First I want to give an overview of the part played by time in relativity theory, because it is this that underlies the strangeness of abandoning Einsteinian locality1.  Einstein suggested that time should be viewed as another dimension, with much in common with the three spatial ones we are all familiar with.  However, the relations between time and the spatial dimensions are not quite the same as the relations amongst the spatial dimensions themselves.

  Rotations in space will always conserve any length r, which can be found from Pythagora’s theorem, r2 = x2 + y2 + z2, where x, y and z are distances in the three spatial directions respectively.  What they will not conserve is distance in a particular direction.  In order for these facts to be true, it can be shown that the familiar trigonometric relations must apply.  That is, if we rotate an object a degrees about the z axis we can write x = r * sin a and y = r * cos a.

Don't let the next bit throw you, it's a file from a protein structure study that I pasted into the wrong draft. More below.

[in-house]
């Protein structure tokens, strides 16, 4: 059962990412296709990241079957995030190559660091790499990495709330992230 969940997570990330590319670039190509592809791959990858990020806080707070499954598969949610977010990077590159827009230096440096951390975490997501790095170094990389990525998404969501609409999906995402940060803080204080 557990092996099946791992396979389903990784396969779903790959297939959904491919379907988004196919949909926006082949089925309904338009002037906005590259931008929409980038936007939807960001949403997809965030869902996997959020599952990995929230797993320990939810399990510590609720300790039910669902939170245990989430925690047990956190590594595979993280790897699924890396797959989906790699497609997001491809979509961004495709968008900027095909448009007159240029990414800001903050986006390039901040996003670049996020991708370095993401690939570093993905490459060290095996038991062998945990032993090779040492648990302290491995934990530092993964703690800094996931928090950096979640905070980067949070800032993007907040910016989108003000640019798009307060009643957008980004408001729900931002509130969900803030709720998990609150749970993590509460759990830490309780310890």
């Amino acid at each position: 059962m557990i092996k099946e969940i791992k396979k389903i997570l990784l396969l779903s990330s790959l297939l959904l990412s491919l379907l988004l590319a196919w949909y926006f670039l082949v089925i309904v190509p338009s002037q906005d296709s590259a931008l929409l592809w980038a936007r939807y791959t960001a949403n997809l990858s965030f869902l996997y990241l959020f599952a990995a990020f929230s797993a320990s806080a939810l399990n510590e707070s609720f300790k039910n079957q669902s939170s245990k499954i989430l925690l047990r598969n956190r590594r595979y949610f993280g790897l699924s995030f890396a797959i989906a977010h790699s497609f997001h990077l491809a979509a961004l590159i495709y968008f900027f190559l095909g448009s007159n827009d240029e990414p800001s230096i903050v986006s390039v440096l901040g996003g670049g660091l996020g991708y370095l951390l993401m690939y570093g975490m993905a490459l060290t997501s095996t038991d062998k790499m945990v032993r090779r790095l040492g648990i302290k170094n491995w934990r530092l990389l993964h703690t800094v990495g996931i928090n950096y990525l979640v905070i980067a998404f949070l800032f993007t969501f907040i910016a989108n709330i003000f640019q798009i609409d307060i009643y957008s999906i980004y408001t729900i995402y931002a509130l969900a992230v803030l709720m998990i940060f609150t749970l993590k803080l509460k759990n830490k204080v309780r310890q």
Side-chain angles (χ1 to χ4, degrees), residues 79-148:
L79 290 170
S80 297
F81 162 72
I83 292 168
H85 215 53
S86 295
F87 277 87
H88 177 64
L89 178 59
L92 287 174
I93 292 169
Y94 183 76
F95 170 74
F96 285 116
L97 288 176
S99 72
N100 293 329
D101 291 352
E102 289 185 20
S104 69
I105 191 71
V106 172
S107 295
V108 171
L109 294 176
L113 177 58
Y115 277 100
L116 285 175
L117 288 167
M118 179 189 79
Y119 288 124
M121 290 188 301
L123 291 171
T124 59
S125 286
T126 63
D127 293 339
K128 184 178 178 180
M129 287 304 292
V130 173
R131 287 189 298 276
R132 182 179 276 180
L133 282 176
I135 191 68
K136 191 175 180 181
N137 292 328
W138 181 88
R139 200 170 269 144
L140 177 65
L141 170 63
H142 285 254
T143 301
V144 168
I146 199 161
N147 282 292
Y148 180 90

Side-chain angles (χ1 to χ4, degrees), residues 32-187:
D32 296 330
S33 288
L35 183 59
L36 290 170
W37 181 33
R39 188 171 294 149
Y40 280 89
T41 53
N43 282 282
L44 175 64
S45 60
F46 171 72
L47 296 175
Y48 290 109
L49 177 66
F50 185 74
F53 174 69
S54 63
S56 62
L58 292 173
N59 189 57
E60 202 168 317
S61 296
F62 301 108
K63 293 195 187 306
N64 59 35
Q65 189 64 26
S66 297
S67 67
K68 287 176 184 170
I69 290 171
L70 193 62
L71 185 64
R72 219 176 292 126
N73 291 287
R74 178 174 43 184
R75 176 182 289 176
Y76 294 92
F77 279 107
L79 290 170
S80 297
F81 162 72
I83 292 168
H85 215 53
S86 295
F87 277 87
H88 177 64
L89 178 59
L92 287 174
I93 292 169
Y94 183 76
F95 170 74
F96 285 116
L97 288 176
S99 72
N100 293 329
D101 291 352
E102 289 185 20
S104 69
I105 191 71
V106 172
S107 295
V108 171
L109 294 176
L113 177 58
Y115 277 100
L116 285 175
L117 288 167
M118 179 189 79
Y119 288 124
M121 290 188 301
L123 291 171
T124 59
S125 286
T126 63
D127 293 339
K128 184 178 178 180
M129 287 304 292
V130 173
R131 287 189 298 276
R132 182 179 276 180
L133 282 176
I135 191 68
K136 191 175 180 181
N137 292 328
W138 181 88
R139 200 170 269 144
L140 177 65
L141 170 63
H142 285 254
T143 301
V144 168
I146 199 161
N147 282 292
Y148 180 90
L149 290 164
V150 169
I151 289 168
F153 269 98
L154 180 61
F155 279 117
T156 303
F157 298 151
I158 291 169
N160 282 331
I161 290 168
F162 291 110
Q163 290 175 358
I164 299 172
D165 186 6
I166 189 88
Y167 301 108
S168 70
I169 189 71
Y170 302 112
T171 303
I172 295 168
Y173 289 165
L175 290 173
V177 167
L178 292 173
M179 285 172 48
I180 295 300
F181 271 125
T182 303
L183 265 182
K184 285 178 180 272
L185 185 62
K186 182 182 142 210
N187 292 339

Now, in relativity theory we find relations which are closely related to these, but have rather different consequences.  The crucial difference is that 'rotations' in spacetime conserve not distances but space-time intervals, which are found from a slightly modified version of Pythagoras' Theorem:  R2 = x2 + y2 + z2- t2.  As you can see, the time difference between two events subtracts from the space-time interval, rather than adding to it2.  Just as it can be shown that the trigonometric relations must follow to conserve distances, it can be shown that in order to preserve a spacetime interval when something accelerates (a 'rotation' in spacetime), their close cousins the hyperbolic trig functions come in.  In many senses, the hyperbolic and standard trigonometric functions are very similar; the mathematical analogies between the two groups are very powerful (all the trigonometric identities, as well as the series expansions, are the same in hyperbolic geometry apart from sign changes).  However in practice they have quite different effects.  If one keeps increasing an angle, for instance, one quickly gets back to the starting position (one full turn).  The hyperbolic functions are not periodic like this; instead, as the hyperbolic angle increases and increases (which in this context means that an object is getting faster and faster), what we get are ever-shrinking spatial separations and ever-increasing time separations.  These are the Lorentz-Fitzgerald contractions - time dilation and length contraction - which Relativity is famous for.